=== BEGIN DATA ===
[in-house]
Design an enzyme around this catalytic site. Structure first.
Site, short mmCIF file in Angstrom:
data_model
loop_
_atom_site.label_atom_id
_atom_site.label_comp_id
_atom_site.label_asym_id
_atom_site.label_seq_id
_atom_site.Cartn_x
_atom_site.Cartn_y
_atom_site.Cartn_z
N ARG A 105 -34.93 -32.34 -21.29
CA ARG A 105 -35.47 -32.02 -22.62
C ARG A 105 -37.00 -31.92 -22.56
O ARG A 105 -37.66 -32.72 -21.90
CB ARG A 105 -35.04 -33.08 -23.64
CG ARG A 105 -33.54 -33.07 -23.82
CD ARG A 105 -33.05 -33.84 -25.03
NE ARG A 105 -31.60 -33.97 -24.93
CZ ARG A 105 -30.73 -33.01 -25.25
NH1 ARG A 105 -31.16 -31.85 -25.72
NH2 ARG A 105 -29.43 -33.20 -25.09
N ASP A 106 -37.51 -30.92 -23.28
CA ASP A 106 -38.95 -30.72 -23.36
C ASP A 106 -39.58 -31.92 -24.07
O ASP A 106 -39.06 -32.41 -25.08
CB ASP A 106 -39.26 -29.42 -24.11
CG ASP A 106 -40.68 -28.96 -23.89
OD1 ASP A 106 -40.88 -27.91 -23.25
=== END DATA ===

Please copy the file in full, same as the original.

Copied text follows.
[in-house]
Design an enzyme around this catalytic site. Structure first.
Site, short mmCIF file in Angstrom:
data_model
loop_
_atom_site.label_atom_id
_atom_site.label_comp_id
_atom_site.label_asym_id
_atom_site.label_seq_id
_atom_site.Cartn_x
_atom_site.Cartn_y
_atom_site.Cartn_z
N ARG A 105 -34.93 -32.34 -21.29
CA ARG A 105 -35.47 -32.02 -22.62
C ARG A 105 -37.00 -31.92 -22.56
O ARG A 105 -37.66 -32.72 -21.90
CB ARG A 105 -35.04 -33.08 -23.64
CG ARG A 105 -33.54 -33.07 -23.82
CD ARG A 105 -33.05 -33.84 -25.03
NE ARG A 105 -31.60 -33.97 -24.93
CZ ARG A 105 -30.73 -33.01 -25.25
NH1 ARG A 105 -31.16 -31.85 -25.72
NH2 ARG A 105 -29.43 -33.20 -25.09
N ASP A 106 -37.51 -30.92 -23.28
CA ASP A 106 -38.95 -30.72 -23.36
C ASP A 106 -39.58 -31.92 -24.07
O ASP A 106 -39.06 -32.41 -25.08
CB ASP A 106 -39.26 -29.42 -24.11
CG ASP A 106 -40.68 -28.96 -23.89
OD1 ASP A 106 -40.88 -27.91 -23.25